Conley, D. T, Dunlop, D. M., & Goldman. P. (1992). The ‘vision thing’ and school restructuring. Eugene, OR: Oregon School Study Council, The University of Oregon. Csikszentmihalyi, M. (1997). Creativity: Flow and the psychology of discovery and invention. New York: HarperPerennial.

Cuttance, R, Angus. M., Crowther, F., & Hill. P. (2001). School innovation: Pathway to the knowledge society, (pp. xiii-xxix). Canberra: DETYA.

Duignan, P. (2003, September). Formation of capable, influential and authentic leaders for times of uncertainty. Paper given at the Australian Primary Principals’ Association National Conference, Adelaide. des-values-and-ethics/Formation-of-capable-influential-and-authentic-leaders-for- times-of-uncertainty

Duignan, R. & Bezzina. M. (2004). Leadership and Learning: Influencing what really matters. Paper presented at the Teacher Education Council Conference, Strathfield, ACU National.

Elmore, R.F. (2002). Bridging the gap between standards and achievement: The imperative for professional development in education. Washington. DC: The Albert Shanker Institute. Frick, J.E.. & Frick, W.C. (2010). An ethic of connectedness: Enacting moral school leadership through people and programs. Education, Citizenship and Social justice, 5(2), 117-130.

Fullan, M. (2001). Leading in a culture of change. San Francisco: Jossey-Bass.

Hersey P., & Blanchard, K. (1982). Management of organizational behavior: Utilizing human resources. Englewood Cliff. NJ: Prentice-Hall.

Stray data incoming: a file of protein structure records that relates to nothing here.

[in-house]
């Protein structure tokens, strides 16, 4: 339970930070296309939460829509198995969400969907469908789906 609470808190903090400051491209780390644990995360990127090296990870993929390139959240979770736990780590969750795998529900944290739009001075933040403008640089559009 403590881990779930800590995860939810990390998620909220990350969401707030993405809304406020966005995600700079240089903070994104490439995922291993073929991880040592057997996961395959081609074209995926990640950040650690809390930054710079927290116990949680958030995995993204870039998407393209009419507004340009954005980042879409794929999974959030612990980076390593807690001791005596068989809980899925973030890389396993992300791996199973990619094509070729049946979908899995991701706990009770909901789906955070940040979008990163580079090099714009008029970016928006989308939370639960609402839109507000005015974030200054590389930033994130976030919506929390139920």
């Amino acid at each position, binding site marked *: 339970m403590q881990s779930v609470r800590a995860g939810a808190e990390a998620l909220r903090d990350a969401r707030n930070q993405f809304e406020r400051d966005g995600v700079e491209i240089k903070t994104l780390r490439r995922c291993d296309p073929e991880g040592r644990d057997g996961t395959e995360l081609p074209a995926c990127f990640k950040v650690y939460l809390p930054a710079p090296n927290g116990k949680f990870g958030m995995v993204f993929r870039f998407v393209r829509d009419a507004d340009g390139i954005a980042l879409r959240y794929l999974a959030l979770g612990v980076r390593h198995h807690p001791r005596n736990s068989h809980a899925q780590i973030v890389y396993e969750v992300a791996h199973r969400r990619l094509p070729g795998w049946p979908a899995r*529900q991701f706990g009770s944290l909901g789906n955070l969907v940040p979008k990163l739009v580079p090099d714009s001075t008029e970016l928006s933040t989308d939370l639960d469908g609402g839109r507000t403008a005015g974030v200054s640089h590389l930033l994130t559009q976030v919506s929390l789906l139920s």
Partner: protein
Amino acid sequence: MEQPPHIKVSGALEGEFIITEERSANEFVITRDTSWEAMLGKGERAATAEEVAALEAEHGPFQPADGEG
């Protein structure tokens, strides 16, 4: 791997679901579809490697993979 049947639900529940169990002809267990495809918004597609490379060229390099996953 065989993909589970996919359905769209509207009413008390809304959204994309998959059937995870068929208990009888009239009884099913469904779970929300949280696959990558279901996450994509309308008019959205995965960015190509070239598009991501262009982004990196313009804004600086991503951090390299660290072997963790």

Hobbes, T. (1968). Leviathan. Ringwood, Australia: Penguin Books.

House, R.J., & Mitchell, T.R. (1974). Path goal theory of leadership. Journal of Contemporary Business, 3, 81-97.

Hursh, D. (2008). High stakes testing and the decline of teaching and learning: The real crisis in education. Lanhamm MD: Rovvman & Littlefield.

King. M.B., & Nevvmann, F.M. (2000). Will teacher learning advance school goals? Phi Delta Kappan, 81(8), 576-580.

Lashway, L. (1997). Creating a learning organization. ERIC Digest, Number 121. Eugene OR. ERIC Clearinghouse on Educational Management. ED420897.

MacBeath, J., & Mortimore, R (2001). Improving school effectiveness. Buckingham, UK: Open University Press.

MacNeill, C.N. (2013). An examination of Csikszentmihalyi’s concept of flow in Western Australian school leaders’ work and learning (Unpublished doctoral dissertation). Curtin University, Bentley, Western Australia.

Moos, L. (1999). New dilemmas in school leadership. Leading & Managing, 5(1), 41-59.

PERL (2014). Growing a shared vision: A toolkit for schools. Partnership for Education and Research about Responsible Living.

Senge, P.M. (1995). The fifth discipline: The art and practice of the learning organization. New York: Doubleday.

Silcox, S.B. (2003). An investigation of the roles of school principals in leading school renewal in a Western Australian school district (Unpublished doctoral dissertation). Curtin University, Western Australia.

Sizer, T.R.. & Sizer, N.F. (1999) The students are watching: Schools and the moral contract. Boston, MA: Beacon Press.

Topsfield. J. (2012, 9 July). Schools hit by principal shortage. The Age (Melbourne).

Whittaker, C. (1990, September). Accountability in the Public Sector: A brief and personal overview of the Australian perspective. Paper presented to the Nation Think Tank on Library and Information Statistics, Kings Ambassador Hotel, Perth.

< Prev   CONTENTS   Source   Next >